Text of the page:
Insulin-resistant PCOS

This is the most common type of PCOS. Insulin resistance refers to the body becoming resistant to the hormone insulin. Insulin is in charge of helping blood sugar enter the body’s cells so it can be used for energy.

Higher levels of insulin can interfere with ovulation by increasing androgens such as testosterone and decreasing estrogen levels. Changes in these hormones can result in irregular cycles and other symptoms like weight gain, acne, hirsutism, mood swings, and thinning hair. Women with this kind of PCOS usually have blood sugar and insulin levels that suggest diabetes or prediabetes.

Inflammation-based PCOS

Inflammation-based PCOS is most often seen in women who are not overweight and who do not present with the classic symptoms of PCOS. High levels of inflammation signal the ovaries and adrenal glands to produce more androgens, leading to PCOS. Inflammation can be caused by a variety of factors including food intolerances/ other digestive issues, chronic injuries, prolonged exposure to environmental toxins, mental trauma and poor lifestyle/ diet habits.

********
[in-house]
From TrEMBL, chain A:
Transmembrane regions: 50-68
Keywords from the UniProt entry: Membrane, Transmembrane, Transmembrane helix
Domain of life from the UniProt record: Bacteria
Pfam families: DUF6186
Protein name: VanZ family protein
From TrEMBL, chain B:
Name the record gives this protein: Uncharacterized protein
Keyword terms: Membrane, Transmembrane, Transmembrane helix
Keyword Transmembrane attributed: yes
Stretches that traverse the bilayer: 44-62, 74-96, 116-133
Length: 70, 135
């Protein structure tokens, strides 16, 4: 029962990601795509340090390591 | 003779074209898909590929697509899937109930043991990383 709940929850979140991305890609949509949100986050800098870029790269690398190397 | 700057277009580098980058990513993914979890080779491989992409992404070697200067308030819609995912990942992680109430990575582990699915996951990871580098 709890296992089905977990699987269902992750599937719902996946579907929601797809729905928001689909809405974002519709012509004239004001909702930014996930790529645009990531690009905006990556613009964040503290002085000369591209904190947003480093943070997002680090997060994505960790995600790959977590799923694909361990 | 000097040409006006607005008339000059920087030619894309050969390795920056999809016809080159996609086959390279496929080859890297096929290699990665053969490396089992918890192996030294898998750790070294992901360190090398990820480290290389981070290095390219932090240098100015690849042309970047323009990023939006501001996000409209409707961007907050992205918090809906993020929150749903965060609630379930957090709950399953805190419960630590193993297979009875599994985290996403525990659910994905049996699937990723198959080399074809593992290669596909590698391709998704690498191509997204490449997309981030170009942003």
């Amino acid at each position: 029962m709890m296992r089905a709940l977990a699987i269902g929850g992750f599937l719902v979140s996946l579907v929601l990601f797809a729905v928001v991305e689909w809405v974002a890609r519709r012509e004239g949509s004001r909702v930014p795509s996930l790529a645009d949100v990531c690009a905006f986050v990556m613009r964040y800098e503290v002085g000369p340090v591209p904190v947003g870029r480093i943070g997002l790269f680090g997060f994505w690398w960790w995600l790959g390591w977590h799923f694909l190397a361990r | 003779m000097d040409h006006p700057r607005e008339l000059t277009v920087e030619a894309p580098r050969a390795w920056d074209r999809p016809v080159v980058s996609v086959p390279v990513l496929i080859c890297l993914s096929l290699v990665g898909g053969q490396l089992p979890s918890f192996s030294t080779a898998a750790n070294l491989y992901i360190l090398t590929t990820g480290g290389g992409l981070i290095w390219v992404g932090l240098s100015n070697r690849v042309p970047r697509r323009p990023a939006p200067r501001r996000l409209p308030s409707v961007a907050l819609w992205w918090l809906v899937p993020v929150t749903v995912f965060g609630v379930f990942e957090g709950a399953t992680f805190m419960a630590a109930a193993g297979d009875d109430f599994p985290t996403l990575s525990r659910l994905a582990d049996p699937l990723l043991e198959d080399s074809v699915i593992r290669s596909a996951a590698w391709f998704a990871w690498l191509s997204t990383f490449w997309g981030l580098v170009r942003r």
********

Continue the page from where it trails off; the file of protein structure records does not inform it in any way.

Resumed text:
Synthetic Hormone-Induced PCOS

Synthetic hormone-Induced PCOS is common for women who have been on the pill or other hormonal birth control for an extended period of time. These women have absent menstrual cycles for at least 3-4 months post birth control. Hormonal birth control works by interfering with the communication between the pituitary gland and the ovaries, in order to prevent pregnancies. Therefore, it can take time and proper support in order to establish that communication again.

Adrenal PCOS

Adrenal PCOS is usually diagnosed after all of the other types have been ruled out. There tends to be high levels of DHEAS and normal levels of other androgens, such as testosterone, in patients with adrenal PCOS. This type of PCOS is usually caused by the body’s response to stress.

Is PCOS manageable?

Early management of PCOS is essential to prevent further complications. To properly manage this condition, it is imperative that each treatment plan is tailored to addressing each patient’s symptoms, unique concerns and identifying their biological condition. There are multiple ways to manage PCOS.

I like to start by looking at the foundation of all PCOS cases — diet and exercise. Then, I complement diet and exercise with adequate supplementation, stress management skills, and education on how to diminish exposure to environmental toxins.